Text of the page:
Off-Season Contest Preparation!

Off-season contest preparation consists of numerous aspects of bodybuilding: nutrition, cardiovascular training, mass building, research, and psychological recuperation. Learn how I prepare for contests in the off-season.

Preparing for a contest does not start at 12 weeks out from a show. It begins the minute you walk off the stage after, hopefully, grabbing a nice trophy. Off-season contest preparation consists of numerous aspects of bodybuilding: nutrition, cardiovascular training, mass building, research, and psychological recuperation.


For most off-season bodybuilders, post-contest is the time to put on the fat and hit the drive-thru's. Up until recently, that has been the case for myself. However, I've found that keeping closer to your contest weight is optimal for many reasons. One good reason is that, if you did well enough in the show, you might get some offers for photo sessions, modeling, etc. If you stay within 10-20 pounds of your contest weight it will be much easier to get back into shape.

The second reason to keep from over-bulking in the off-season is the stress placed on your cardiovascular system when you are holding extra weight. I caught myself breathing heavily when I was working and just thought that was a problem. If you put on too much weight you will have elevated blood pressure, elevated heart rate, and elevated cholesterol. I highly recommend keeping within the 10-20 pound range for this reason.

Another good reason to maintain a healthy weight in the off-season is to keep the added stress off your knee joints. I found that when I was around 231, my knees were constantly sore. As I'm dropping the extra weight I find that my knee don't hurt as much which makes my daily activities much easier as well as improving my leg workouts as I have less pain.


Keep to a good, sound diet that maintains an adequate protein/carb level to keep the muscles growing. Here's an example of my off-season diet:

8:00 4 Egg whites, 3 Pieces wheat toast
10:00 Protein Shake
12:00 8 oz. Steak, Potatoes, Asparagus
2:00 Protein Bar
4:00 Protein Shake
8:00 8 oz. Chicken, Pasta, Green Beans
11:00 Protein Shake

I think this is a pretty fair diet that helps to keep the excess weight down while including enough protein to keep those muscles growing. To the right is a picture of me before I began my last contest prep and the one on the far right is about 5 weeks out.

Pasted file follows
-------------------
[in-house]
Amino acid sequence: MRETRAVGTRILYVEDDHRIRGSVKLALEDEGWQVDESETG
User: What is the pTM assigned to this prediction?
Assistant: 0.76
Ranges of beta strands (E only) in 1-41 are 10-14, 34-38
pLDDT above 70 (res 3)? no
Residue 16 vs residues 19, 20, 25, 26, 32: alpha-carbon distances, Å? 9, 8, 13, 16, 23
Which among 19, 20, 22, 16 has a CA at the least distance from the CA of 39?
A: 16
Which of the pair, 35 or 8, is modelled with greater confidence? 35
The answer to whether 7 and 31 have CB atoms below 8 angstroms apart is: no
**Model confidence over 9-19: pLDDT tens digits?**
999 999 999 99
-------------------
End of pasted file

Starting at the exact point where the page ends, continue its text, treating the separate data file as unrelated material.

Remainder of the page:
Cardiovascular Conditioning

This is something new that I'm trying this year to keep myself healthy in the off-season. For those of you who have taken the time to read my contest-preparation articles (thanks) this is a little bit of a different kind of cardiovascular training.

When I do my off-season cardio I keep the intensity and the time down to a moderate level. This is not really the point at which I am trying to lose a lot of body fat. It is more of a maintenance aspect of bodybuilding. I typically do 35 minutes a day at a pace of 3.6 mph. I have found that this is just enough to keep the fat off while not sacrificing time with family that you do during contest-prep. Family time is very important to me as my wife and I just had a baby and I need to spend time with them.


Treadmill: 35 minutes; 3 x's/week

Mass Building

This is perhaps one of the most decisive factors on how well you are going to do the next show. Considering that you are not going through the stresses of pre-contest (carb restriction, extensive cardio, posing, increasing anxiety) this is the ideal time to focus on putting on the good quality muscle you lacked in the previous show (at least in my experience).

Physiologically, muscles respond to resistance exercise through hypertrophy, or increasing the size of the muscle tissue. It would be nice if we could actually add new muscle fibers but that just isn't going to happen unless you have $5-6k for growth hormone. So, let's just pretend you don't. How are you going to reap the greatest gains in muscle during these precious nine months? Simple: Use as much weight as possible! The more weight you use, the more hypertrophy your muscles will demonstrate.

From what I learned in my exercise physiology classes in college, the larger muscle fibers (Type IIb) are recruited during lower repetition/higher weight sets. In other words, do fewer reps and more weight. You must take into consideration the safety factor. I always make sure I am properly warmed up and stretched before I begin working out especially in the off-season.